Both players get over 20 percent of their offense in transition, but in the half-court, their approaches are different.

The focal point of Washington’s offense is the pick-and-roll with Fultz handling the ball. It’s a dangerous action because Fultz is so versatile: He’s capable of pulling up and draining a jumper, exploding to the rim or finding a teammate for an open look.

Ball, on the other hand, mostly operates within the flow of the Bruins’ motion offense, launching deep 3-pointers if left open or using his excellent vision to feed teammates. He’s also been extremely efficient in limited isolation opportunities.

Defensively, neither player is fully polished, but both possess the size and length to be effective on that end of the floor. Fultz is considered to perhaps be slightly quicker and more athletic.

The disparity in their supporting casts does complicate the comparison somewhat, according to an NBA scout, because Fultz is forced to carry a subpar team while Ball is surrounded by a wealth of scoring options.

“You have to be smart when you watch these guys because you can look at Washington real quickly and say Markelle Fultz stinks,” an NBA scout said. “If (UCLA) was a team that couldn’t make shots, Lonzo wouldn’t look as great. Fultz can make all the right passes and have great vision but if his guys aren’t finishing, he only gets five assists in a game.”

Ultimately, though, the scout said it’s clear that, as good as his teammates are, Ball is the engine that keeps the Bruins humming.

“These are all really good players, but Lonzo is the straw that stirs the drink,” the scout said. “The drink is full of very talented guys, but it takes someone like that who demands a lot of attention from defenses that will give them other opportunities.”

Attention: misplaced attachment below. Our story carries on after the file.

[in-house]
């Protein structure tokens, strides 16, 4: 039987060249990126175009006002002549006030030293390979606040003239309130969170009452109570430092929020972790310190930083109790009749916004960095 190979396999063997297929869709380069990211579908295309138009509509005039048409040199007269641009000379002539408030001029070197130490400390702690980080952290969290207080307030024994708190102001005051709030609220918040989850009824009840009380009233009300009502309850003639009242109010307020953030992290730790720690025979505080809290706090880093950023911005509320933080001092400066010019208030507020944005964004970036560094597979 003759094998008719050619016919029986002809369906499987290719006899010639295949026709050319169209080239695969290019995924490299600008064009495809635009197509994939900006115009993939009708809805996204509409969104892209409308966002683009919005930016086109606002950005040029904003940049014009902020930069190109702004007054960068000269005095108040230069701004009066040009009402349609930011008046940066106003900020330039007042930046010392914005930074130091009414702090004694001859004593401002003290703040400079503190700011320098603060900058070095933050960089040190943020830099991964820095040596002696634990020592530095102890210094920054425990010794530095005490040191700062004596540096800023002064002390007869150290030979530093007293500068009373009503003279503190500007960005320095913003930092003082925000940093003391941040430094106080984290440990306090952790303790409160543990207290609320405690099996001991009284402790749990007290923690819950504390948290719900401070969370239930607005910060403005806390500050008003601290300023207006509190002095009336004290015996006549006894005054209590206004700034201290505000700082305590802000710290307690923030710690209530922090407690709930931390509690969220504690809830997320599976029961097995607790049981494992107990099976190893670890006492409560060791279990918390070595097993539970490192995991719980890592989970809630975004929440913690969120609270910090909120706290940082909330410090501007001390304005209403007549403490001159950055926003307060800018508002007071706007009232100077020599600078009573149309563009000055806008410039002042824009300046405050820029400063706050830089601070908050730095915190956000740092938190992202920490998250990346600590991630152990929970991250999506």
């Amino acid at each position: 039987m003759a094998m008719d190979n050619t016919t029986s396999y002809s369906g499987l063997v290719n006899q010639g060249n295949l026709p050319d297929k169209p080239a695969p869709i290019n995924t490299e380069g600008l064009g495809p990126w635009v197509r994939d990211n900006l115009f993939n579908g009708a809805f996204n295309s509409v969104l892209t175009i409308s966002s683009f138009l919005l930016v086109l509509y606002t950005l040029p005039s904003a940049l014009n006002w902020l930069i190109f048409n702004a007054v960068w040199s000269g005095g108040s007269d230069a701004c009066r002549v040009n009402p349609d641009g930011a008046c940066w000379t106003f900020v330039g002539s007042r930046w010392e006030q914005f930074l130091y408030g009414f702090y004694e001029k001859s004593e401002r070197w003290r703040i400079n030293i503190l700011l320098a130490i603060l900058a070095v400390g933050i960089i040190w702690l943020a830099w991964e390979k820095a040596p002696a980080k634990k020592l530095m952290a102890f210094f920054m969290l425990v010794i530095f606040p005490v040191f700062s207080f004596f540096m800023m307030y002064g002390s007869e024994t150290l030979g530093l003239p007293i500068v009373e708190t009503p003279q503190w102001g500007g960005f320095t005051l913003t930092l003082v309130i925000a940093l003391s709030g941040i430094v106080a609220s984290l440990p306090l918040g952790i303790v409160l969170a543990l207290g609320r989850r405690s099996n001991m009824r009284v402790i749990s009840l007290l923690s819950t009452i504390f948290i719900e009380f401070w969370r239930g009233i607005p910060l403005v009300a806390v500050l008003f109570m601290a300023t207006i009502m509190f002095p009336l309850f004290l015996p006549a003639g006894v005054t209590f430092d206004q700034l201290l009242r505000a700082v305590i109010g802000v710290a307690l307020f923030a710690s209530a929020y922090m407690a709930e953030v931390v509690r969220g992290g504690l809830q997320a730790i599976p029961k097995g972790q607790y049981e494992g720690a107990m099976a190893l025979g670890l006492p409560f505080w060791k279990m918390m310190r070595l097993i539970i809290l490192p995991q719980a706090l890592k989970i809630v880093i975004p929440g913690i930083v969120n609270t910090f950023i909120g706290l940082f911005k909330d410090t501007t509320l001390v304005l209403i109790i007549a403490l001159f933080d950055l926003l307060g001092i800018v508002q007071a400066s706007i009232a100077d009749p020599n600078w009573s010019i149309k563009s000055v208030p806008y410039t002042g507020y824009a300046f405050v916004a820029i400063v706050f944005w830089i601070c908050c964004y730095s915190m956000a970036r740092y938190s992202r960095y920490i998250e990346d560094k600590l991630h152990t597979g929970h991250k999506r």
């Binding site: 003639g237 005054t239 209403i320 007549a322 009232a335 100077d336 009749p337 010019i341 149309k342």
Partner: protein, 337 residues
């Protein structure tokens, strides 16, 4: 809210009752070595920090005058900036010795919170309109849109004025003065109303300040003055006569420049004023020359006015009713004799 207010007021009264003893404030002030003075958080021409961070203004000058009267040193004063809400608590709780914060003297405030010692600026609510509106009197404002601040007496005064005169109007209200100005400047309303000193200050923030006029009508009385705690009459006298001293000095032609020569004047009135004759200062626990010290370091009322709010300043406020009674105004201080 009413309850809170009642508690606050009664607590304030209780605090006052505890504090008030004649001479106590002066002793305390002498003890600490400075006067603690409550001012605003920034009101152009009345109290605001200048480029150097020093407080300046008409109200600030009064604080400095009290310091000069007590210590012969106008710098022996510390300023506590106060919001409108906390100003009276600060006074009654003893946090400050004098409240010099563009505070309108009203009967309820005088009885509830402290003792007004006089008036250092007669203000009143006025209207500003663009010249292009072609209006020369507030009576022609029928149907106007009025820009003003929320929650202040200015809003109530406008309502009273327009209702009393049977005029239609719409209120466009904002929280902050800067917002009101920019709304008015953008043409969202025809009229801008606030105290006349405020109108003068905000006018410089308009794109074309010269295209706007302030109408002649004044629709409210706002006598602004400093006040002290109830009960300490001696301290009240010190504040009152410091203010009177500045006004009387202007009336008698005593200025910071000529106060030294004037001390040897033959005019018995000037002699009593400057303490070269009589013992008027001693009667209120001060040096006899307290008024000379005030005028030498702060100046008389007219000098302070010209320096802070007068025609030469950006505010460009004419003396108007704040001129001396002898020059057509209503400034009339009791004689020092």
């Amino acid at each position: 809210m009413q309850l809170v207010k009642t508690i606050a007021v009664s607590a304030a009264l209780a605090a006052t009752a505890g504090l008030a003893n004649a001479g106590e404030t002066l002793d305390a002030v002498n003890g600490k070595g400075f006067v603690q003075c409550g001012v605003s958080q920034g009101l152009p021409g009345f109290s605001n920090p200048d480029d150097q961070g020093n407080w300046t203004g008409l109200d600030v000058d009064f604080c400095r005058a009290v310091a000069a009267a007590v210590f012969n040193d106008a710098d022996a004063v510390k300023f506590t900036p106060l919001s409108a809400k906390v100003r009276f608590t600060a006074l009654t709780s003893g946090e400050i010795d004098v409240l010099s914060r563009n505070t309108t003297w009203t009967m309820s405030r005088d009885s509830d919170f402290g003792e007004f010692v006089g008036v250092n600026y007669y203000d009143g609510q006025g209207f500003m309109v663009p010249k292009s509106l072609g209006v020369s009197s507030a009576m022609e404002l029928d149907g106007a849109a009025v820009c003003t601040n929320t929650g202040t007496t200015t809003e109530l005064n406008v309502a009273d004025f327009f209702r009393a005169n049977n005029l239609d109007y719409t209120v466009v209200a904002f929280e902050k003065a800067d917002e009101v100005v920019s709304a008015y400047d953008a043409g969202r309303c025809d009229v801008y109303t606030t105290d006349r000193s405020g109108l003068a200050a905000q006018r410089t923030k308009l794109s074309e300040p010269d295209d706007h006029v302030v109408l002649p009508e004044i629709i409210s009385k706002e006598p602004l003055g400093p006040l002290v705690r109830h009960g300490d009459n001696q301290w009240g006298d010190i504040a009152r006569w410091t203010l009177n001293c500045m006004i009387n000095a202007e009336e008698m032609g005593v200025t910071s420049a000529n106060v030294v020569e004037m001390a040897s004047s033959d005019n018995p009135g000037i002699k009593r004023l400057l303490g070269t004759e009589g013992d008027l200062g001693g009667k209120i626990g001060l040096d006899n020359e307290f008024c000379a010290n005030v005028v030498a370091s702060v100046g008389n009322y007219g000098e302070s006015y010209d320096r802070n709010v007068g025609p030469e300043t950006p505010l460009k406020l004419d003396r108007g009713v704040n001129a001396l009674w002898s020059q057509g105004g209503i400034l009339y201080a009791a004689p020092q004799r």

Ball will have an opportunity of his own Saturday, this time to show that his name belongs above Fultz’s on the many mock drafts to come.

Rim running

UCLA put up 95 points Wednesday night, but only connected on a season-low three 3-pointers. Coach Steve Alford said it was a result of Washington State’s defensive game plan.

“They were very concerned about the 3 ball, rightly so,” Alford said. “But I think that opened up a lot of driving lanes and things at the basket, and our guys did a good job with that.”

The Bruins took 27 shots at the rim, well above their average of 20.5 per game, according to Hoop-Math, and converted on over 80 percent of them.

Wednesday’s success inside brought the Bruins’ field goal percentage on the season to 73.1 percent, per Hoop-Math. That’s the fifth-best mark in all of Division I.

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Senior Staff

Matt Cummings is a senior staff writer covering UCLA football and men's basketball. In the past, he has covered baseball, cross country, women's volleyball and men's tennis. He served as an assistant sports editor in 2015-2016. Follow him on Twitter @MattCummingsDB.